Going on holiday can be a little tricky for vegans. Whenever I go out to a new restaurant, I usually try to look over their menu online beforehand, to ensure that there is a vegan option for me, or if there is a dish that can easily be ‘veganized’ (e.g. by asking for the cheese to be omitted from the dish). However, having to meticulously plan your holiday so that you will always be near a vegan-friendly restaurant can be very tedious, particularly if you like to have a bit of spontaneity in your holiday, like me! The best thing to do is to bring your own snacks and meals, if you have a cooler. However, I don’t have a cooler (yet), but I probably should get one, so I can make my holidays a bit more frugal too!
Some regions/countries are excellent for vegans e.g. Tuscany in Italy, where you can have Tuscan bean soup (probably one of my favourite foods ever), Tuscan beans on bread and pizzas (no cheese). Other places, such as Norway, are not very good at all, as well as being expensive (one restaurant I went into in Bergen was serving pizza at the equivalent of £30 – it wasn’t even a posh restaurant! Needless to say I didn’t eat there). In the Scottish highlands I ate lots of bread from the supermarket :S
So, what did I eat on the Isle of Wight?
- Breakfast: leftover homemade rice with avocado, blackeyed beans in a soy sauce, olive oil and balsamic vinegar.
- Lunch: pita bread with falafel, tomatoes and salad with sweet potato fries. Annoyingly, it wasn’t a homemade falafel (rather, it was likely that it was bought from a supermarket). Supermarket falafel almost always contain cumin. I don’t like cumin at all, so I was very disappointed with this meal. Also, it’s quite cheeky to serve supermarket food in a cafe, isn’t it? The sweet potato fries were very tasty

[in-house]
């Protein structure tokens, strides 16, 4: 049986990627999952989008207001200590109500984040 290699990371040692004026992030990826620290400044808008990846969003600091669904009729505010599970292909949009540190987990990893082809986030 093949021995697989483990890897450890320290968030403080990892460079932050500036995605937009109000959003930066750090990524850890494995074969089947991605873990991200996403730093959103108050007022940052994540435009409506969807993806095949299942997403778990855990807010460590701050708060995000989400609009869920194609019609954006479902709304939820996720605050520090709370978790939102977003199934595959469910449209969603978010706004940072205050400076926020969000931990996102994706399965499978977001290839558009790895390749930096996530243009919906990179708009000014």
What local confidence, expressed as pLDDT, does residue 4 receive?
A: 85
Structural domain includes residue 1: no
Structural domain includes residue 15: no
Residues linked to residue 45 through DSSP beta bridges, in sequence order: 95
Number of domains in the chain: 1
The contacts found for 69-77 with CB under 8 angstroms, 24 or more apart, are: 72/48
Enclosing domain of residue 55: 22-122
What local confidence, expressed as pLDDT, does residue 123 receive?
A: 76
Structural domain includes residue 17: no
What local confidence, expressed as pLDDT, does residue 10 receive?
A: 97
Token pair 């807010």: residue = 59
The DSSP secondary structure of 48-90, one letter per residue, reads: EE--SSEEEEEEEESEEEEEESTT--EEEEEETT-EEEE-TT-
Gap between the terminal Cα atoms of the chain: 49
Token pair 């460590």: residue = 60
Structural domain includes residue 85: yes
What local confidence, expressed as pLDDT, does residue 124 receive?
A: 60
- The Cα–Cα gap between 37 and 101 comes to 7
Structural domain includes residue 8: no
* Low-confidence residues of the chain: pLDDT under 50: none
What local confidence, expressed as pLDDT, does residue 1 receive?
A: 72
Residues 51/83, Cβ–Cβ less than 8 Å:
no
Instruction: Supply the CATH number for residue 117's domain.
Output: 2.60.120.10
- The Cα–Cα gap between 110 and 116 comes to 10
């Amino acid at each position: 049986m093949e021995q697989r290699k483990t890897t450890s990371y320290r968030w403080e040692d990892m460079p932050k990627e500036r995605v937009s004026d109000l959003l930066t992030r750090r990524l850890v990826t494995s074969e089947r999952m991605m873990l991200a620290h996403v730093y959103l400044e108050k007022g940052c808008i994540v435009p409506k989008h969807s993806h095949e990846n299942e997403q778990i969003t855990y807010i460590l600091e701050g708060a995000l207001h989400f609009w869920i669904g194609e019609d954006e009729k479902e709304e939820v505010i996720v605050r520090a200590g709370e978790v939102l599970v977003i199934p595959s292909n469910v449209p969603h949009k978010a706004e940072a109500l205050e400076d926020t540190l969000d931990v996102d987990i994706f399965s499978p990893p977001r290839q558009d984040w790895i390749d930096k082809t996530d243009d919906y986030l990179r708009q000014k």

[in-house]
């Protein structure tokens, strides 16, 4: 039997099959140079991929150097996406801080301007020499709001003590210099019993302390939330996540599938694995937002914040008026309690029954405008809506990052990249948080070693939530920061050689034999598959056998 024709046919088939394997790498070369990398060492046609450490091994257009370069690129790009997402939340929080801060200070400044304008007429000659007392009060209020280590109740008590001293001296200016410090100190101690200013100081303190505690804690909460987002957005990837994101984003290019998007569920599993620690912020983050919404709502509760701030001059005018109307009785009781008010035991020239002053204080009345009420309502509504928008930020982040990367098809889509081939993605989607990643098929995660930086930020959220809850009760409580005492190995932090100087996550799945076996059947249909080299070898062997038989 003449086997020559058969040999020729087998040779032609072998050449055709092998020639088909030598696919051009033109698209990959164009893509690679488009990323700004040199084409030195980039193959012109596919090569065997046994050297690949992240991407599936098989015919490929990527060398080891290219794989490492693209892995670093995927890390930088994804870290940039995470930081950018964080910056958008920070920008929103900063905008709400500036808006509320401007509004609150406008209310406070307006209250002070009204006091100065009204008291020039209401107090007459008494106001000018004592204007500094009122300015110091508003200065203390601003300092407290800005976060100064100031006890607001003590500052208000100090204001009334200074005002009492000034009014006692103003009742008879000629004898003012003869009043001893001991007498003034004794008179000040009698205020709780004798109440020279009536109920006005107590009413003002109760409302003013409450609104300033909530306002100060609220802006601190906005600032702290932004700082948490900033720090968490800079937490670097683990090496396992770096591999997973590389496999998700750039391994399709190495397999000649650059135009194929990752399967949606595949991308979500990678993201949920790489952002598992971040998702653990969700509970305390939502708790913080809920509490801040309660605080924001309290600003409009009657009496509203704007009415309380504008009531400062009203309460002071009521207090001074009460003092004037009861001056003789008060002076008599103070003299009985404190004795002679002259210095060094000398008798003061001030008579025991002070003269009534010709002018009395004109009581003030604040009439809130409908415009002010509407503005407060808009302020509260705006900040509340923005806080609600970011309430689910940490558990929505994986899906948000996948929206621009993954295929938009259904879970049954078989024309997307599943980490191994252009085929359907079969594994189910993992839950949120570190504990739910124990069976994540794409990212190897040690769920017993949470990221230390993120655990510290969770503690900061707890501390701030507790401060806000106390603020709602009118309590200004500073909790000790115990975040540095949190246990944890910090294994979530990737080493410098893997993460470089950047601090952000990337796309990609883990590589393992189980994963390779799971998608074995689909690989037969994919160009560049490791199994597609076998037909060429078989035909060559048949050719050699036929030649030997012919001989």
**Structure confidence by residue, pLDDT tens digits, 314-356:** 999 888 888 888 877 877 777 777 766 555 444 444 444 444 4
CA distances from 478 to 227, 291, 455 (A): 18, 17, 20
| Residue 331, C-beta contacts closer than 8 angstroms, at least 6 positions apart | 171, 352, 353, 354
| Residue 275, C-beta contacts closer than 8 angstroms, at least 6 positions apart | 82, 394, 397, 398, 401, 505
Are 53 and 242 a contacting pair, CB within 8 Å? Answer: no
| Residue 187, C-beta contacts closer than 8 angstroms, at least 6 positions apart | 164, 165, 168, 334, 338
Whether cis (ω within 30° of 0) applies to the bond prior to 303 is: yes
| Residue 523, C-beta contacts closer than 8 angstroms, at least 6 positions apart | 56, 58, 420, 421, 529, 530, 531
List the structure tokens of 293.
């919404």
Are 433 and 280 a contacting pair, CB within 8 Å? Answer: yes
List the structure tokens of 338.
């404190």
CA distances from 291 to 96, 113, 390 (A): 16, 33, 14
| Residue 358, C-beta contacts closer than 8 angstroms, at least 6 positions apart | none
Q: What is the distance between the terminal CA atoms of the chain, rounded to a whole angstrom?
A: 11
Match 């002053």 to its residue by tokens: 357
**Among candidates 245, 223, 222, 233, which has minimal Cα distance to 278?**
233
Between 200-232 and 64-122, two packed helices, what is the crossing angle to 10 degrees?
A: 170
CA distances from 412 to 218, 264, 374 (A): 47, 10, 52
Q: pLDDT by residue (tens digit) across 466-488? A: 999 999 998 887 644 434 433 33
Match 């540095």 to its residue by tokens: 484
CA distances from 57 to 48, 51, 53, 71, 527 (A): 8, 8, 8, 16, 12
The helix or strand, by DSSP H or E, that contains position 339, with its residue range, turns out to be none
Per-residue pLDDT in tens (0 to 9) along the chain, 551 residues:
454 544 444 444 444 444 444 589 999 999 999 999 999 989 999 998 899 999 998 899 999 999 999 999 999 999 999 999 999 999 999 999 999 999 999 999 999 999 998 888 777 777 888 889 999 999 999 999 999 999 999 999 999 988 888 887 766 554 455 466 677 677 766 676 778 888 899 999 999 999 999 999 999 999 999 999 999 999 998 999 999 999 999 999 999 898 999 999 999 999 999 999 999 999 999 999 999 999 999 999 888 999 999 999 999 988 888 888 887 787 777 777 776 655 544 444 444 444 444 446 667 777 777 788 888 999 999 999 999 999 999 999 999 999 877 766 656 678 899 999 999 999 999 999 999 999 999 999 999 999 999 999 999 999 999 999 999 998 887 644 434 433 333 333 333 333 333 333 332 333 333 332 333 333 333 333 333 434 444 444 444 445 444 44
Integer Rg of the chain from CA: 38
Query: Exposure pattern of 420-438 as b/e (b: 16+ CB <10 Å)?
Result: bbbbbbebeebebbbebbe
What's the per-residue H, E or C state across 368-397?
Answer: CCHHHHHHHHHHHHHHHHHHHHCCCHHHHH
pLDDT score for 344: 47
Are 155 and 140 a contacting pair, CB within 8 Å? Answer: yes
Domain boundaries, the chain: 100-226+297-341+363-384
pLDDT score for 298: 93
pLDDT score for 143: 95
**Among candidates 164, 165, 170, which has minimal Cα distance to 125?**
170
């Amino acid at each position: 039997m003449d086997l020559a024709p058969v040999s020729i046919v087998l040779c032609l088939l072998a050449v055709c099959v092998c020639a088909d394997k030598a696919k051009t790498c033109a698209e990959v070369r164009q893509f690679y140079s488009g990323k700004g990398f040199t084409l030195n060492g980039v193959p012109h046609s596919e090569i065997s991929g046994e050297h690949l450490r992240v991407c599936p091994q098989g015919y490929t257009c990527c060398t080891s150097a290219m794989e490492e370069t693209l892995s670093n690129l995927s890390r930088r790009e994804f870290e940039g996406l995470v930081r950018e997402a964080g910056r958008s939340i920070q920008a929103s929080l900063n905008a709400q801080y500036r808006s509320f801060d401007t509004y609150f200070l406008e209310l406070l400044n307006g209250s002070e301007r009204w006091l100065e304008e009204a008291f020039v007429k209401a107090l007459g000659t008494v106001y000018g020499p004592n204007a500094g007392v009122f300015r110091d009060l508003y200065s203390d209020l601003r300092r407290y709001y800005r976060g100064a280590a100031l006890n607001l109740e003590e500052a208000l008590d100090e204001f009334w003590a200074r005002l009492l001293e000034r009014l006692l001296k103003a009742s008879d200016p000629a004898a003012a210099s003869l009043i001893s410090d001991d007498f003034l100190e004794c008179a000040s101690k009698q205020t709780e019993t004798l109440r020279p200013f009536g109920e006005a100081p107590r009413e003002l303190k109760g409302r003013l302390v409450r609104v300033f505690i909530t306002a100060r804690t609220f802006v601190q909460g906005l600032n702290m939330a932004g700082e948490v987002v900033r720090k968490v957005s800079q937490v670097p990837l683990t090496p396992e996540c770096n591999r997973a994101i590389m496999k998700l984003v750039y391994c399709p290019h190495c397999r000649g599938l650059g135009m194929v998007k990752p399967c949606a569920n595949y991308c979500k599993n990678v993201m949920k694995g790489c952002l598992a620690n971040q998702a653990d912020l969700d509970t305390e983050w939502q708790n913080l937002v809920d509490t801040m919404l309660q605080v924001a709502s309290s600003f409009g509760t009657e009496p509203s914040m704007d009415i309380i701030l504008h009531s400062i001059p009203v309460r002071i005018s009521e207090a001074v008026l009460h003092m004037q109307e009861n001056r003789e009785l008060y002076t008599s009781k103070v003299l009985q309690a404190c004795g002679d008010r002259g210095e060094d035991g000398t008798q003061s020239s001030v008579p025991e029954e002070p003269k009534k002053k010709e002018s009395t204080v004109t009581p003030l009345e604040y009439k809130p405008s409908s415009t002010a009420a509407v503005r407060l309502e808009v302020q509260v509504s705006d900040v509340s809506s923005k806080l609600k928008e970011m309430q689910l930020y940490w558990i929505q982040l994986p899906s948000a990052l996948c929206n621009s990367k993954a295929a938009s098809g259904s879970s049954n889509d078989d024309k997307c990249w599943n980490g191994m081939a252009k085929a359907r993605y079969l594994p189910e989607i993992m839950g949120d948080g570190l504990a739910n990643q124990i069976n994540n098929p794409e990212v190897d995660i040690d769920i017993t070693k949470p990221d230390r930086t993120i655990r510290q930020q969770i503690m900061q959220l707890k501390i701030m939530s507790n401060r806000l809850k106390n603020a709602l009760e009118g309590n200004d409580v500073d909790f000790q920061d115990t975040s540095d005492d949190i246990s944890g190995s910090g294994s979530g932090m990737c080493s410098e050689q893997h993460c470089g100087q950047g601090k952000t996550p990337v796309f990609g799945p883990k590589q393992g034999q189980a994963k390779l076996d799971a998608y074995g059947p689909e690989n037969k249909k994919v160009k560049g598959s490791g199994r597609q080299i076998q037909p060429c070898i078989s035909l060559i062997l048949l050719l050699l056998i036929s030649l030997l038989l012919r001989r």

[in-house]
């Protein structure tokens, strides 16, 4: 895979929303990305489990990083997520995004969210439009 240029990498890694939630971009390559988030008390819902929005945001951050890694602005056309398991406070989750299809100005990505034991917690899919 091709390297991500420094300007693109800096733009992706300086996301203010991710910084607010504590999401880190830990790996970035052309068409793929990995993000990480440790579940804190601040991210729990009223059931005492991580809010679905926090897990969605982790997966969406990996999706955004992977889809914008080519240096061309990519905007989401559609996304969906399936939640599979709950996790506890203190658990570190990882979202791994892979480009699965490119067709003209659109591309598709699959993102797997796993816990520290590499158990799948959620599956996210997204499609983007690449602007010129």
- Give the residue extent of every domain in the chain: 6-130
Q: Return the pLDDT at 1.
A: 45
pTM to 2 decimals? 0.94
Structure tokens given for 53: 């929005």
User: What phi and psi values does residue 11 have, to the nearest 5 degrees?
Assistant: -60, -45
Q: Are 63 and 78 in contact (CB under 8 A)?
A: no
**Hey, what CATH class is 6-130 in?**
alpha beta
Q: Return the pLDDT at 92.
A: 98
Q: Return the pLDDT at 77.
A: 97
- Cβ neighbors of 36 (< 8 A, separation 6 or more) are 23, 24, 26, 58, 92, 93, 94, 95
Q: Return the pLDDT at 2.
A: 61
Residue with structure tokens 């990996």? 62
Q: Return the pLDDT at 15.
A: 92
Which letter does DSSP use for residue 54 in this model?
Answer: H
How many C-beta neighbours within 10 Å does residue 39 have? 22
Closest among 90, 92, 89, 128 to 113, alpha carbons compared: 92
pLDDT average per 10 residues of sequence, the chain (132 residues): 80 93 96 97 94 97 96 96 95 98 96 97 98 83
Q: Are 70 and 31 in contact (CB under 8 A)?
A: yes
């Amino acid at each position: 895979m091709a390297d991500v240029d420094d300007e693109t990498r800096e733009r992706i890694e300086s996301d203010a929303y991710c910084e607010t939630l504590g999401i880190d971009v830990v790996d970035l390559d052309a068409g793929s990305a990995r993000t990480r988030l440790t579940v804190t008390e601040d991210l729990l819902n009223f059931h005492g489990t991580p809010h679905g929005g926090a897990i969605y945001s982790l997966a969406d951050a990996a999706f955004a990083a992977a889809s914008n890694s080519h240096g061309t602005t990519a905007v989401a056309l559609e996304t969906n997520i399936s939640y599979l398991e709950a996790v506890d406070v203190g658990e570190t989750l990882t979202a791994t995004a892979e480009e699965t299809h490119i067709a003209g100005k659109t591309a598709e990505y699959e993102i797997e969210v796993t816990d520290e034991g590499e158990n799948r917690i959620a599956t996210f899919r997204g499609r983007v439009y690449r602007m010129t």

- Dinner: (starter) leek & potato soup – delicious! Main- butternut squash and aubergine masala with pilau rice, pita bread with a vegetable side (roast potatoes, carrots, parsnips & pickled red cabbage). I’m not a fan of butternut squash or aubergine, and the masala had so much cumin in it that I couldn’t eat it. As a rule I don’t eat Indian food unless it is served in an Indian restaurant, otherwise I almost always end up with an unfortunate cumin incident (ditto Mexican food). However, I didn’t have a choice, because the hotel only offered vegans the masala. Sigh. At least I had the roast veggies, which you can’t go wrong with.
- Breakfast: 2 hash browns, baked beans, 2 fried tomatoes, slice of toast with strawberry jam. This is pretty much what I ate at the B&Bs in the Scottish highlands, thought I’d often have fried mushrooms too. However, the hotel that I was staying at said that they fried the mushrooms in butter, so I couldn’t have any. Usually, hotels/B&Bs offer to fry some mushrooms in margarine for me, but this wasn’t the case with this hotel! (to be fair they were quite busy).
- Lunch: Baked potato with baked beans and salad.
- Dinner: tofu, vegetables (beansprouts, bamboo shoots, water chestnuts, carrots), mushrooms and noodles.
- Breakfast: 2 hash browns, baked beans, 2 fried tomatoes, slice of toast with strawberry jam
- Lunch: garlic humus, rosemary chiabatta bread, purred beetroot, pickled garlic, green olives, sundried tomatoes and sweet potato chips. Probably the tastiest meal I had on the island (though the garlic hummus had cumin in it, so I didn’t eat it).
- Dinner: pizza at home!
Do you find it difficult eating out when on holiday? Are there any particular spices or herbs that you hate? I hate cumin a lot, but I don’t feel comfortable asking waiters if dishes have cumin in them- it probably seems petty and strange! Additionally, I almost always have to ask a waiter if he/she can ask the chef if a certain dish is vegan, or if the chef can omit cheese from a certain dish, so that I wouldn’t want to bombard the waiter and chef questions about cumin!